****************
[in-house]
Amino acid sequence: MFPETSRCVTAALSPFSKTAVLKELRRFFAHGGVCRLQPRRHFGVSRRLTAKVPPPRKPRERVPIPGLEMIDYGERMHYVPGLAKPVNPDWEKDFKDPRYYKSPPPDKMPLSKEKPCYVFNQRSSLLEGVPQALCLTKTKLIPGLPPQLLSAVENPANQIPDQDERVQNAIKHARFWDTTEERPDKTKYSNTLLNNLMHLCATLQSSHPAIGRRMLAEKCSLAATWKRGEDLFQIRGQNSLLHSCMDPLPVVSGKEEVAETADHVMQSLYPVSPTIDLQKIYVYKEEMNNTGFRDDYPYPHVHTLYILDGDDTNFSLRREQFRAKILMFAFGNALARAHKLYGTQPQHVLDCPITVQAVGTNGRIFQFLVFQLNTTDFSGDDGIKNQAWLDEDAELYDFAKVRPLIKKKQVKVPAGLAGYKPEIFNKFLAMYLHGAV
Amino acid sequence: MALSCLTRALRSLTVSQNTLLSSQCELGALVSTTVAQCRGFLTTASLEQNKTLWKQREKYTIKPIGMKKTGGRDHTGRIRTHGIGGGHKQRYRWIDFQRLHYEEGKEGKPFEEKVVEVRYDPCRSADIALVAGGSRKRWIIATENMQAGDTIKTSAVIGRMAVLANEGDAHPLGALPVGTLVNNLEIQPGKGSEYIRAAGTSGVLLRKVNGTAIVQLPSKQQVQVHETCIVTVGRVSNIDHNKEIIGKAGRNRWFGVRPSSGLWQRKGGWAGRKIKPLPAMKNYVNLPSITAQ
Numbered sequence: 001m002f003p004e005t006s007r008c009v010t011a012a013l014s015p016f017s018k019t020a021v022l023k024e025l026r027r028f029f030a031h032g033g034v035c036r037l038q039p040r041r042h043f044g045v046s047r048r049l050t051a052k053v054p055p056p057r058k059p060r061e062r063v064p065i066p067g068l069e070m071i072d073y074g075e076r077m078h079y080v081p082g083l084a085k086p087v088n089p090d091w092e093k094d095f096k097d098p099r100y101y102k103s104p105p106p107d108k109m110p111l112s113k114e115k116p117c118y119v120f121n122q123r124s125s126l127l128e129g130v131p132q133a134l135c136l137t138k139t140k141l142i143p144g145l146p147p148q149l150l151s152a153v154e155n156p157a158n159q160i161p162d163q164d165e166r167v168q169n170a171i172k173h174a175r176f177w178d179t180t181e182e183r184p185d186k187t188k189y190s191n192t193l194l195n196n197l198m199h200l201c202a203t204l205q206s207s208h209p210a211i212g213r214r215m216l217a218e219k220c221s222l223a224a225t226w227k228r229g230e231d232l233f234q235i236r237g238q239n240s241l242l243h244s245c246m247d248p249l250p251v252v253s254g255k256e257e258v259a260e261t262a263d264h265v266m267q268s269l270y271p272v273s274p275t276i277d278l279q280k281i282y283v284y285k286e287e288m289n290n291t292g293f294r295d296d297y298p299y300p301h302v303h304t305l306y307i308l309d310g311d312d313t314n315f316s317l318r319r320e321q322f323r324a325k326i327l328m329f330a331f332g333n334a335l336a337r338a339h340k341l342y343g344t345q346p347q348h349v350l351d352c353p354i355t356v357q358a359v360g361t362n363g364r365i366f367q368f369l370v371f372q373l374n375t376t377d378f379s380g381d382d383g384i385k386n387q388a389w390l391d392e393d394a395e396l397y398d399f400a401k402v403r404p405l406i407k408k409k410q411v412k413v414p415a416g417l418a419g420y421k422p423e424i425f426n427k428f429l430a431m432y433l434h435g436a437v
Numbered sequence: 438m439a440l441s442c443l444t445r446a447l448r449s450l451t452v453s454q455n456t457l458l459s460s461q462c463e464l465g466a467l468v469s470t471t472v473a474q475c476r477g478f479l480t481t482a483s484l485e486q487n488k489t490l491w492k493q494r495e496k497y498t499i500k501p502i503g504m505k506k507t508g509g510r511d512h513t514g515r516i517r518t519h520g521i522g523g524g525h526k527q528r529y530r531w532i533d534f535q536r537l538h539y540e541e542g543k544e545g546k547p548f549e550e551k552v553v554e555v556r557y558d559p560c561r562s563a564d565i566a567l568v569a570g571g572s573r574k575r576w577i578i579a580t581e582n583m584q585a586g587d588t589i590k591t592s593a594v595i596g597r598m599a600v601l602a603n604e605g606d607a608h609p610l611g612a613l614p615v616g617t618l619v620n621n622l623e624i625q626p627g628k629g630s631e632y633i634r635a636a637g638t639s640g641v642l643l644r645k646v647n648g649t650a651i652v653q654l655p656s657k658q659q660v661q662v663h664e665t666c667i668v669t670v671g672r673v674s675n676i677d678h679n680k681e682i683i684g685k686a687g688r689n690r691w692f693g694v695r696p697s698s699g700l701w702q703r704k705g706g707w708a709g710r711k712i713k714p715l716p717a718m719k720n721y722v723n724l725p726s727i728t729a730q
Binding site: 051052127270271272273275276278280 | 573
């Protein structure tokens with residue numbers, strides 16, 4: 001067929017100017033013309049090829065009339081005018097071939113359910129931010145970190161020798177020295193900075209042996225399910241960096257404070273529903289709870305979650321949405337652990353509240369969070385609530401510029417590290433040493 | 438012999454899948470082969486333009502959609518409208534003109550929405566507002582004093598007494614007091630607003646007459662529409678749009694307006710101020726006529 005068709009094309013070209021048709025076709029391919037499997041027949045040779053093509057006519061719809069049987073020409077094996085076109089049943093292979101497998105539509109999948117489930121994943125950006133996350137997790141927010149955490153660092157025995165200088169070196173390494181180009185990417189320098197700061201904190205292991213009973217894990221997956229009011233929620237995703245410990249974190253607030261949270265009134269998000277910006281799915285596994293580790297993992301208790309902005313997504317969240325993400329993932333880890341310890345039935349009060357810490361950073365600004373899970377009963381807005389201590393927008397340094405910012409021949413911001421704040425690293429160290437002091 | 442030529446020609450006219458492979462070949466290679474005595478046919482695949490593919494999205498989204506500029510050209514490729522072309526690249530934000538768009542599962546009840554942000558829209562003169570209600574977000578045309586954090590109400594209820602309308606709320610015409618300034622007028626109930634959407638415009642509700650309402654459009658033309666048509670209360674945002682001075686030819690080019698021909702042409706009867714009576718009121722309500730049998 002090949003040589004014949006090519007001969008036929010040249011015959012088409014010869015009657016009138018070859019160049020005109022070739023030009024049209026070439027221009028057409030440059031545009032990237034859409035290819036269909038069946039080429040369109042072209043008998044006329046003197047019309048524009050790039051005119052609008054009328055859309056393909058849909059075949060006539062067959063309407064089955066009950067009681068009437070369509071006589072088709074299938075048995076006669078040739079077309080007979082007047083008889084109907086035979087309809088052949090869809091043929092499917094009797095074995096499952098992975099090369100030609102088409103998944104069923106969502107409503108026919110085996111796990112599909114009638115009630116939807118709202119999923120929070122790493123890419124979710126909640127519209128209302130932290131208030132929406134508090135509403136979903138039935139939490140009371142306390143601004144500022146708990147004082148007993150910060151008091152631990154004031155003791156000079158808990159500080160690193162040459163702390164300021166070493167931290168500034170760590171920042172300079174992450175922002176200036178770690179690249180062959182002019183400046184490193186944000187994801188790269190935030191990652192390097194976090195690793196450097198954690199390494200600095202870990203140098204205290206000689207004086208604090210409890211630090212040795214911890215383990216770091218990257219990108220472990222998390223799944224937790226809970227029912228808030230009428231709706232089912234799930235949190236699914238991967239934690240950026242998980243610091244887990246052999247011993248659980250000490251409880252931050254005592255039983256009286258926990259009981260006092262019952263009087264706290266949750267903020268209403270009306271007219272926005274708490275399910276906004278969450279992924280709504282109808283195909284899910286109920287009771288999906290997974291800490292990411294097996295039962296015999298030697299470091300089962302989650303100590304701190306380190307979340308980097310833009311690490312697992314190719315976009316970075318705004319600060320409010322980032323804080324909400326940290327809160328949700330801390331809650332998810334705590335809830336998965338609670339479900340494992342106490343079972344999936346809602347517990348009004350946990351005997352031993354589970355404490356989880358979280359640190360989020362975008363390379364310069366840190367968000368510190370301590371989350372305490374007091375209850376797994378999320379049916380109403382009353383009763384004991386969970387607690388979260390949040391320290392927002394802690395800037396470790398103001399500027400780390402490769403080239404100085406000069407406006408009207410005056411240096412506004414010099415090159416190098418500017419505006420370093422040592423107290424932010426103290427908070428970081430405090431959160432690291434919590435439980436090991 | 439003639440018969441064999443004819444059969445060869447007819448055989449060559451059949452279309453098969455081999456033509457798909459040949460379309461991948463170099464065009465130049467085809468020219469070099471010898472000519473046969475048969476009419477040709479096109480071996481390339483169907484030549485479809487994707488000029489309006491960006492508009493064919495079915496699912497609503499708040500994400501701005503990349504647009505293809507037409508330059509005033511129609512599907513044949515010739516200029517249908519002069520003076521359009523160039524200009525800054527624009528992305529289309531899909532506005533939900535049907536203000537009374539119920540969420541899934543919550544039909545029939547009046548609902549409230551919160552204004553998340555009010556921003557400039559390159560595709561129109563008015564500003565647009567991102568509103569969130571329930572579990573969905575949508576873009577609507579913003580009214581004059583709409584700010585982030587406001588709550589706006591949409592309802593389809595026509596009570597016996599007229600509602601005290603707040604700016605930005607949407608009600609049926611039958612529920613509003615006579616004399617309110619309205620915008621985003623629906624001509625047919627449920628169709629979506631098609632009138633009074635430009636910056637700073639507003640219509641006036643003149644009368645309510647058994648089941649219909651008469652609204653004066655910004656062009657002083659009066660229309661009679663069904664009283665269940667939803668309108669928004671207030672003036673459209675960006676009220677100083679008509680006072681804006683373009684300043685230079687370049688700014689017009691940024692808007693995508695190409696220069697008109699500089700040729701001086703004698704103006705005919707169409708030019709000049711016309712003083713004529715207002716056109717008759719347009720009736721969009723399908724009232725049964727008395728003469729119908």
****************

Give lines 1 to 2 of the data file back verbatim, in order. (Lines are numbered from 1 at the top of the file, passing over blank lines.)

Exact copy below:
[in-house]
Amino acid sequence: MFPETSRCVTAALSPFSKTAVLKELRRFFAHGGVCRLQPRRHFGVSRRLTAKVPPPRKPRERVPIPGLEMIDYGERMHYVPGLAKPVNPDWEKDFKDPRYYKSPPPDKMPLSKEKPCYVFNQRSSLLEGVPQALCLTKTKLIPGLPPQLLSAVENPANQIPDQDERVQNAIKHARFWDTTEERPDKTKYSNTLLNNLMHLCATLQSSHPAIGRRMLAEKCSLAATWKRGEDLFQIRGQNSLLHSCMDPLPVVSGKEEVAETADHVMQSLYPVSPTIDLQKIYVYKEEMNNTGFRDDYPYPHVHTLYILDGDDTNFSLRREQFRAKILMFAFGNALARAHKLYGTQPQHVLDCPITVQAVGTNGRIFQFLVFQLNTTDFSGDDGIKNQAWLDEDAELYDFAKVRPLIKKKQVKVPAGLAGYKPEIFNKFLAMYLHGAV